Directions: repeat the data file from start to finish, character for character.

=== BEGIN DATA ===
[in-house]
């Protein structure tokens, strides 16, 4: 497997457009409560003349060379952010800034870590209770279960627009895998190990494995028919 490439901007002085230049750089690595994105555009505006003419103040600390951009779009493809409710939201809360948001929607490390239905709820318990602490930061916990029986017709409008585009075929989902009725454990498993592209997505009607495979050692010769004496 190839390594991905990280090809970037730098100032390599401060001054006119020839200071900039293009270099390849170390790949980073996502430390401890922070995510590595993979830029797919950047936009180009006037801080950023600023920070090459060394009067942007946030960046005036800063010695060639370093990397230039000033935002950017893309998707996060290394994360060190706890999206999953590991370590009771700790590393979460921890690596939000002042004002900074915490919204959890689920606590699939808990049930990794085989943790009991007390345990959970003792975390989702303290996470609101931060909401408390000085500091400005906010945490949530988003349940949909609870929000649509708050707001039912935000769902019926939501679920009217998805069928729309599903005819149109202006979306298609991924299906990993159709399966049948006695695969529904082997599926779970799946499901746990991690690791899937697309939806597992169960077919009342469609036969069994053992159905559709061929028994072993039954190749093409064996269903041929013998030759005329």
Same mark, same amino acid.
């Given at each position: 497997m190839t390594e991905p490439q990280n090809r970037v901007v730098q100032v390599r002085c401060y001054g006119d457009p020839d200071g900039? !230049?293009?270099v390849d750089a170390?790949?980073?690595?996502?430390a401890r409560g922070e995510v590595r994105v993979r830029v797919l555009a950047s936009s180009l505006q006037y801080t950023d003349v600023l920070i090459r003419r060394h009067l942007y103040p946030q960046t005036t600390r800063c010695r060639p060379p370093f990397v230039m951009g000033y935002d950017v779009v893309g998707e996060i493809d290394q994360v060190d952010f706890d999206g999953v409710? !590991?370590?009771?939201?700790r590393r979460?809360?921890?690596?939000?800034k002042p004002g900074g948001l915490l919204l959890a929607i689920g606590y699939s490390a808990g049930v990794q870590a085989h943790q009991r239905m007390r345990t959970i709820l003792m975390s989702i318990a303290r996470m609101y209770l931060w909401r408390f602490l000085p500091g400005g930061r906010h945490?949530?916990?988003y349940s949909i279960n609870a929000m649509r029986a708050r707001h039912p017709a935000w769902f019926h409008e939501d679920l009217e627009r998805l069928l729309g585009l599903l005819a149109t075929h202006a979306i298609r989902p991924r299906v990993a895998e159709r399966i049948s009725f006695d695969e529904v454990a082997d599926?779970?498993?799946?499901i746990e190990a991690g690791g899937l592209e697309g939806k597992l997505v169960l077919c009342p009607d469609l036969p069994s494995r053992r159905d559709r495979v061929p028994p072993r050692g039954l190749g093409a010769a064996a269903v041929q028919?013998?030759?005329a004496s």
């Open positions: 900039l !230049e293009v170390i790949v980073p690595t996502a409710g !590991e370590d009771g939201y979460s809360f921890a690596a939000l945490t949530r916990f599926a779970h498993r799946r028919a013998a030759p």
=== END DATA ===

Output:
[in-house]
């Protein structure tokens, strides 16, 4: 497997457009409560003349060379952010800034870590209770279960627009895998190990494995028919 490439901007002085230049750089690595994105555009505006003419103040600390951009779009493809409710939201809360948001929607490390239905709820318990602490930061916990029986017709409008585009075929989902009725454990498993592209997505009607495979050692010769004496 190839390594991905990280090809970037730098100032390599401060001054006119020839200071900039293009270099390849170390790949980073996502430390401890922070995510590595993979830029797919950047936009180009006037801080950023600023920070090459060394009067942007946030960046005036800063010695060639370093990397230039000033935002950017893309998707996060290394994360060190706890999206999953590991370590009771700790590393979460921890690596939000002042004002900074915490919204959890689920606590699939808990049930990794085989943790009991007390345990959970003792975390989702303290996470609101931060909401408390000085500091400005906010945490949530988003349940949909609870929000649509708050707001039912935000769902019926939501679920009217998805069928729309599903005819149109202006979306298609991924299906990993159709399966049948006695695969529904082997599926779970799946499901746990991690690791899937697309939806597992169960077919009342469609036969069994053992159905559709061929028994072993039954190749093409064996269903041929013998030759005329």
Same mark, same amino acid.
């Given at each position: 497997m190839t390594e991905p490439q990280n090809r970037v901007v730098q100032v390599r002085c401060y001054g006119d457009p020839d200071g900039? !230049?293009?270099v390849d750089a170390?790949?980073?690595?996502?430390a401890r409560g922070e995510v590595r994105v993979r830029v797919l555009a950047s936009s180009l505006q006037y801080t950023d003349v600023l920070i090459r003419r060394h009067l942007y103040p946030q960046t005036t600390r800063c010695r060639p060379p370093f990397v230039m951009g000033y935002d950017v779009v893309g998707e996060i493809d290394q994360v060190d952010f706890d999206g999953v409710? !590991?370590?009771?939201?700790r590393r979460?809360?921890?690596?939000?800034k002042p004002g900074g948001l915490l919204l959890a929607i689920g606590y699939s490390a808990g049930v990794q870590a085989h943790q009991r239905m007390r345990t959970i709820l003792m975390s989702i318990a303290r996470m609101y209770l931060w909401r408390f602490l000085p500091g400005g930061r906010h945490?949530?916990?988003y349940s949909i279960n609870a929000m649509r029986a708050r707001h039912p017709a935000w769902f019926h409008e939501d679920l009217e627009r998805l069928l729309g585009l599903l005819a149109t075929h202006a979306i298609r989902p991924r299906v990993a895998e159709r399966i049948s009725f006695d695969e529904v454990a082997d599926?779970?498993?799946?499901i746990e190990a991690g690791g899937l592209e697309g939806k597992l997505v169960l077919c009342p009607d469609l036969p069994s494995r053992r159905d559709r495979v061929p028994p072993r050692g039954l190749g093409a010769a064996a269903v041929q028919?013998?030759?005329a004496s």
């Open positions: 900039l !230049e293009v170390i790949v980073p690595t996502a409710g !590991e370590d009771g939201y979460s809360f921890a690596a939000l945490t949530r916990f599926a779970h498993r799946r028919a013998a030759p």